A new study on the anti-malarial drug, hydroxychloroquine, suggests the use of the drug as coronavirus treatment may lead to high death risks for COVID-19 patients.
The new medical study, published by The Lancet on Friday, finds the heightened risk of arrhythmias, abnormal heartbeats, more common in coronavirus patients who had been treated with hydroxychloroquine or chloroquine.
Increased arrhythmias leave patients with a higher risk of going into cardiac arrest, according to The Hill.
The study, which is categorized as a retrospective analysis focusing on 96,000 patients in 671 across six continents, is the largest analysis, thus far. A total of 15,000 of the 96,000 patients were reportedly treated with hydroxychloroquine or chloroquine within 48 hours of being diagnosed with coronavirus.
Although the Lancet study was not a randomized clinical study, which is normally seen as a scientific limitation on findings, Jesse Goodman, a former Food and Drug Administration (FDA) chief scientist insists the current results are still important.
“I think it’s as convincing as this kind of study can be,” Goodman said.
“In the light of these results, I think it’s fair to say it’s not looking good for a benefit of these drugs,” Goodman said. “And there’s accumulating evidence that they may actually be harmful, and a lot of people may end up being harmed by their widespread use.”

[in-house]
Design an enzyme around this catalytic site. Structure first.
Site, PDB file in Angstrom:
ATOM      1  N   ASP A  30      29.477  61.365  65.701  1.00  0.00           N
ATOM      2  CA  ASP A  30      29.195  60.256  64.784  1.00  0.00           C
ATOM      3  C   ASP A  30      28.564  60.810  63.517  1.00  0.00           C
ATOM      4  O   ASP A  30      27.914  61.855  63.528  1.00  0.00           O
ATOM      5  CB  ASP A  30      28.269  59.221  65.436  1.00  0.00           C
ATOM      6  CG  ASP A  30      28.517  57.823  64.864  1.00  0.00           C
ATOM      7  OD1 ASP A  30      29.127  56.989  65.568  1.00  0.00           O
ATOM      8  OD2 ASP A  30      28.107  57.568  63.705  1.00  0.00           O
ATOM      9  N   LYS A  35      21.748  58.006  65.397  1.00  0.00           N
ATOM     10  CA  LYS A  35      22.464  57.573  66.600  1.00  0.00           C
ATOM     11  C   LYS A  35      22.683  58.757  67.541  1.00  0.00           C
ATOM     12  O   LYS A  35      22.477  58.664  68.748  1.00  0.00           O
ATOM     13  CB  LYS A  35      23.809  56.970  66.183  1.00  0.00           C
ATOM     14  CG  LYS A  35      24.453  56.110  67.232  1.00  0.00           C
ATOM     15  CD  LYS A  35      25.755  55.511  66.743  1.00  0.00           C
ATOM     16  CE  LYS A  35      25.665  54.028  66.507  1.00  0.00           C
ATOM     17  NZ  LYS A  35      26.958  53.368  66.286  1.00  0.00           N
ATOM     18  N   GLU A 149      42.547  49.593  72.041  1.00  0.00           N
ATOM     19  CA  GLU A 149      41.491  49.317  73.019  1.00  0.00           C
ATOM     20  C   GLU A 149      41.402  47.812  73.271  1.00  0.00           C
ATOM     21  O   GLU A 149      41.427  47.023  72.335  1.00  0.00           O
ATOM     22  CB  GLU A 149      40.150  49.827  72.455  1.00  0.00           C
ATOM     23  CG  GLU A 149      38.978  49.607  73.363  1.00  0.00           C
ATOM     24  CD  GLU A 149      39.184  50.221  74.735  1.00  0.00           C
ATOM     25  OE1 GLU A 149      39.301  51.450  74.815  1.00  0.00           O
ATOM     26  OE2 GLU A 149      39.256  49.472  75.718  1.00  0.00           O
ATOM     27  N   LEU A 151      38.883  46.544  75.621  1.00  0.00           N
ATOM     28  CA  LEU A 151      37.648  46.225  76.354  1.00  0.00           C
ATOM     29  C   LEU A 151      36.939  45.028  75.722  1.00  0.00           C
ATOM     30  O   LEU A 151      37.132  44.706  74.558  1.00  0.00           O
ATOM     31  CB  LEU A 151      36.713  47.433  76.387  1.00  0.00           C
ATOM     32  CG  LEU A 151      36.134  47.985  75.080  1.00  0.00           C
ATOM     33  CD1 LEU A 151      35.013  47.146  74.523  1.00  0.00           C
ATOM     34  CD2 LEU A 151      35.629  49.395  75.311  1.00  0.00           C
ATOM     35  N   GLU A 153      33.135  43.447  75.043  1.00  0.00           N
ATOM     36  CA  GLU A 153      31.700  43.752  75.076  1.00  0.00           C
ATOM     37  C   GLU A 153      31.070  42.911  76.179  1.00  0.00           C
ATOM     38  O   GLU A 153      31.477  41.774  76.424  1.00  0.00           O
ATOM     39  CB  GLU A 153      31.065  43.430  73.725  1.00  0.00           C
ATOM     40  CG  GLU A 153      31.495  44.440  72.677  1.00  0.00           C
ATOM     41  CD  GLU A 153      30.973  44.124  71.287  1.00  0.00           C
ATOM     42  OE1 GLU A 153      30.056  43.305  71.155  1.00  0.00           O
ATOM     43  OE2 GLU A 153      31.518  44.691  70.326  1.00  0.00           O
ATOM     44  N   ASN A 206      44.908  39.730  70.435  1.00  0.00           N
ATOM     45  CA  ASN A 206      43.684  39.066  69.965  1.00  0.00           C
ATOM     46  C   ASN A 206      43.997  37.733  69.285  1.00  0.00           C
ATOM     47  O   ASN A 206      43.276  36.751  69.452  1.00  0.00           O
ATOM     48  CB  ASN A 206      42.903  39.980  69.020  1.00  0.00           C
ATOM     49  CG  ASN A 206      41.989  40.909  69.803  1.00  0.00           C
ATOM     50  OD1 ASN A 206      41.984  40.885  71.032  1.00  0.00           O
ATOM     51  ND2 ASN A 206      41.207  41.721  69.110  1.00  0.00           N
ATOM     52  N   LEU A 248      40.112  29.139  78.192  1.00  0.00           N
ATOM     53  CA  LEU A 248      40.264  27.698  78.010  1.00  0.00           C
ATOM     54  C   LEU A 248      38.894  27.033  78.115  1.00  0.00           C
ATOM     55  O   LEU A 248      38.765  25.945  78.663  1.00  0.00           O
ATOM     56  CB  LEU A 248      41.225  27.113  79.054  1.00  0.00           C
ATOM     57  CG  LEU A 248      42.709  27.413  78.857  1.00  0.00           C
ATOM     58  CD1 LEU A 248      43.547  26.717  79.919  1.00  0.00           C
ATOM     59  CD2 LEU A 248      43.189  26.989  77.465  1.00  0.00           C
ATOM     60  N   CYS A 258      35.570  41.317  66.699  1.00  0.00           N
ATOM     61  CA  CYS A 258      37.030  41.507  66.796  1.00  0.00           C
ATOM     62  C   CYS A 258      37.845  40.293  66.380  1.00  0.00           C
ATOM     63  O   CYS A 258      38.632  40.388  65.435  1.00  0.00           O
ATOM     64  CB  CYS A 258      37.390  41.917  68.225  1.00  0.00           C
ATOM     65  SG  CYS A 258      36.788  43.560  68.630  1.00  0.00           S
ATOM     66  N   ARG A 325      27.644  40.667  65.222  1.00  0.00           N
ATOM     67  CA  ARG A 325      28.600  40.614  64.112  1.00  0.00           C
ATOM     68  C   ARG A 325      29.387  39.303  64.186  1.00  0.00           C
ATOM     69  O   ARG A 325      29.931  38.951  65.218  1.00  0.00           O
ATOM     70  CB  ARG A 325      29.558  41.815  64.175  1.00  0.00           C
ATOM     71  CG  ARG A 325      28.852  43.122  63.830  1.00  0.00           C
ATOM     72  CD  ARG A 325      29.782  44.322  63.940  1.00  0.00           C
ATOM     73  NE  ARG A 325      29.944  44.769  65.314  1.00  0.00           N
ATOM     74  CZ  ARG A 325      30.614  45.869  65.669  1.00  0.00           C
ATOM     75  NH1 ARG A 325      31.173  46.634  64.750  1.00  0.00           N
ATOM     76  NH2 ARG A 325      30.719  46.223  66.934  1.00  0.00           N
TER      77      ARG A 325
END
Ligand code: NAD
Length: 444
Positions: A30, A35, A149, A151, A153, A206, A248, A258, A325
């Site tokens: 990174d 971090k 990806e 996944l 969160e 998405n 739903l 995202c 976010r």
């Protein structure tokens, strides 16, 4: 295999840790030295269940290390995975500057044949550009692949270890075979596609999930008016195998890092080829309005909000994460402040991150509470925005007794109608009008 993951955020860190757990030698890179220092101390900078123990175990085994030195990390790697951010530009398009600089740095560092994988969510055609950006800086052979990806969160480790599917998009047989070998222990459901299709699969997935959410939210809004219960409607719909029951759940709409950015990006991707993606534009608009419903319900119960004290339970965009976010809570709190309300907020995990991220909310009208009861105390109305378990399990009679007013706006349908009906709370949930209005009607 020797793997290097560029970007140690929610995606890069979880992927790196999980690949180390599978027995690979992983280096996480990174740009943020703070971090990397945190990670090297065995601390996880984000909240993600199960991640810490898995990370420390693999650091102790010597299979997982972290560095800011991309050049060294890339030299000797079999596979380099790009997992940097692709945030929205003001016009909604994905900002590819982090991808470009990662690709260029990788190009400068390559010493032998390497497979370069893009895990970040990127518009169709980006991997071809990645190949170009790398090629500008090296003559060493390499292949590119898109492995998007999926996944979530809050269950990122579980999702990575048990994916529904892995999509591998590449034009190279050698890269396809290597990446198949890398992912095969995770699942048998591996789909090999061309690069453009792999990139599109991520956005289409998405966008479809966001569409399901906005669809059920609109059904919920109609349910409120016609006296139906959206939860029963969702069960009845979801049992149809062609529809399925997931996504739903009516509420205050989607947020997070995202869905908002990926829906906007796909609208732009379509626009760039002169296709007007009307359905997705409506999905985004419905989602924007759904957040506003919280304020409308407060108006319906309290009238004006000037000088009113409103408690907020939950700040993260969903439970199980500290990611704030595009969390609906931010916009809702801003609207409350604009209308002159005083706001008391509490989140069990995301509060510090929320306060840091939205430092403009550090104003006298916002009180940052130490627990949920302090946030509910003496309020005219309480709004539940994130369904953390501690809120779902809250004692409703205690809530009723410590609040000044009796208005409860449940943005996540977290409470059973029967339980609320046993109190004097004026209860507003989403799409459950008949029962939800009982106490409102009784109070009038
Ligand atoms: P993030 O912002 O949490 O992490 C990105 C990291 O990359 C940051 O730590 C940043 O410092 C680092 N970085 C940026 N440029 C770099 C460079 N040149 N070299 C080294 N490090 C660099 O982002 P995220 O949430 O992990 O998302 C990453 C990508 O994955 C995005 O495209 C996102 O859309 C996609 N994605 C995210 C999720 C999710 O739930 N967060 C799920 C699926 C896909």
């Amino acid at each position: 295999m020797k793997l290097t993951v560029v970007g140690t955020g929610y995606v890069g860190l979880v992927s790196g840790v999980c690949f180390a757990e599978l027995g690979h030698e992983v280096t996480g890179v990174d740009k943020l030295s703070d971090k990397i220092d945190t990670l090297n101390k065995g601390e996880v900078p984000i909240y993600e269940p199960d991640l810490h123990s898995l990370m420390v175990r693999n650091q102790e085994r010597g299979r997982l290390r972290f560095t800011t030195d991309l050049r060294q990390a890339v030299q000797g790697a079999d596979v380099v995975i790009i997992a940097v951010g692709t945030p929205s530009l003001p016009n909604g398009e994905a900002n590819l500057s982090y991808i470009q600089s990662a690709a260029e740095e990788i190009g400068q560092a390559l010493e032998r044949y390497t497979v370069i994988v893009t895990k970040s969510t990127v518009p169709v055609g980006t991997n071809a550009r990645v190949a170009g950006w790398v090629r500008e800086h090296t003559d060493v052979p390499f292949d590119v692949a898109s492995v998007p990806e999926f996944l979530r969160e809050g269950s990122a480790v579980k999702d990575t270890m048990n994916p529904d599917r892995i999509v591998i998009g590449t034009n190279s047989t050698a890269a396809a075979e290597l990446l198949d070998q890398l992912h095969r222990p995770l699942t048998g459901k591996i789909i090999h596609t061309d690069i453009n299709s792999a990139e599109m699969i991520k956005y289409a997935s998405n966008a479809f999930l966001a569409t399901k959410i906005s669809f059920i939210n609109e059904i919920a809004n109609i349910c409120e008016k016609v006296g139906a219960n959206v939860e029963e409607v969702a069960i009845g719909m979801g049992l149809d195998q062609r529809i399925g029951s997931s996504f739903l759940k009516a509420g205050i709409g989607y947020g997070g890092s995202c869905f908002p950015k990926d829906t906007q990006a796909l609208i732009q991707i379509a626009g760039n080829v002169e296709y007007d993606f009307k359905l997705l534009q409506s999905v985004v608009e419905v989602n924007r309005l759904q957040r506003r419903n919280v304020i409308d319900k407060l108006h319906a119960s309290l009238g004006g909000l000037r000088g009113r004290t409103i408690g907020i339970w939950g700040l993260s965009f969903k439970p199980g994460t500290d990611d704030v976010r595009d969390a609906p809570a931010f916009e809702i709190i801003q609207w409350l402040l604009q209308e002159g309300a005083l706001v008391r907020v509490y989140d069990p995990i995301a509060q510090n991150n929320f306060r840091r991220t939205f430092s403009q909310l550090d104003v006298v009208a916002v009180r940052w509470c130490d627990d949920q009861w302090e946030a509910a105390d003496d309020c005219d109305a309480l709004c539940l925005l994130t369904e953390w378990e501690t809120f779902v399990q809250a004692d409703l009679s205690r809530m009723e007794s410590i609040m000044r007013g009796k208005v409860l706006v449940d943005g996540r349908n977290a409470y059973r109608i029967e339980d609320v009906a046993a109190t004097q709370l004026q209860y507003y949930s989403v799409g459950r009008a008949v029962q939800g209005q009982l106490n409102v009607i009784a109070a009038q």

However, there are others who oppose the findings, arguing that the study does not provide definitive results on the use of the drug.
“It means that the likelihood that it’s a dramatic cure, or substantially improves outcomes, is very low,” said Tom Frieden, former director of the Centers for Disease Control and Prevention (CDC).
The latest study on hydroxychloroquine follows President Donald Trump’s touting of the drug and his admission to taking the drug as a preventative measure for coronavirus.
During a recent round-table discussion, the president admitted he had been taking the drug for more than a week, as previously reported on IJR.
Despite the president’s continued touting of hydroxychloroquine, the FDA, CDC, the National Institutes of Health, and other global health experts have warned against using the unproven drug as a treatment for coronavirus.